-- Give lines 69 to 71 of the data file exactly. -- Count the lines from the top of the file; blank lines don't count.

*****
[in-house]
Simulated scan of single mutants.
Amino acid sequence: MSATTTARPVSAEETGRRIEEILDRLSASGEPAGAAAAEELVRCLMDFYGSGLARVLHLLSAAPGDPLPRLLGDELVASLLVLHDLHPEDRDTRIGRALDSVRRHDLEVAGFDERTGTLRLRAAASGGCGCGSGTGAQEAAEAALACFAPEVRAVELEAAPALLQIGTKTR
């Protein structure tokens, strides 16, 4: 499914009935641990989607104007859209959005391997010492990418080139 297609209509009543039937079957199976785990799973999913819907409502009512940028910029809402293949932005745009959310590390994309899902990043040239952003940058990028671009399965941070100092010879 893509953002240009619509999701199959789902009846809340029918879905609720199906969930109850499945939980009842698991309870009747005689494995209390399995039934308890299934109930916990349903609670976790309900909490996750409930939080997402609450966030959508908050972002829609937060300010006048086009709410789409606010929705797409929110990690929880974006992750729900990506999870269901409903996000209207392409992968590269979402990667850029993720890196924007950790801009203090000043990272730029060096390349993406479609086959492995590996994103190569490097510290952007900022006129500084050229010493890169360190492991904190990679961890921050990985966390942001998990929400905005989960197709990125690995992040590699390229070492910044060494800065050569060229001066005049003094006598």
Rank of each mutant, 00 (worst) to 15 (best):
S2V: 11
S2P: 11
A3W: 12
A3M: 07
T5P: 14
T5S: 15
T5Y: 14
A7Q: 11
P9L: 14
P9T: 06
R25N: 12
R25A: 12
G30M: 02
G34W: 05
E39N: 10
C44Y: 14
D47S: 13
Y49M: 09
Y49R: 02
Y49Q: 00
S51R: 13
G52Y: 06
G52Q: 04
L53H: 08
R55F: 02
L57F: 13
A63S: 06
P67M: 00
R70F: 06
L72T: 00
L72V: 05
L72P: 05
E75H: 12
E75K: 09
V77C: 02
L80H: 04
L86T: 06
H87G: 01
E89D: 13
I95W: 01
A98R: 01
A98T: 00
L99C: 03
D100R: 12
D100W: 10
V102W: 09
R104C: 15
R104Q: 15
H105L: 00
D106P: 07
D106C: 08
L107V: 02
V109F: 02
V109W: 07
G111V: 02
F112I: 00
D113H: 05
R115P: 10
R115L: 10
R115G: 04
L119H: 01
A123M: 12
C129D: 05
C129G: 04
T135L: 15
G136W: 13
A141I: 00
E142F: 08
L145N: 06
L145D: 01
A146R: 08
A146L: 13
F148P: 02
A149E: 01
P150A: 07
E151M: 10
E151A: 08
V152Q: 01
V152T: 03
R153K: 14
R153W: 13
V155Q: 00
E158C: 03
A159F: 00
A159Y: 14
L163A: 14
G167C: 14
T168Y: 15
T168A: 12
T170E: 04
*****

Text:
C129G: 04
T135L: 15
G136W: 13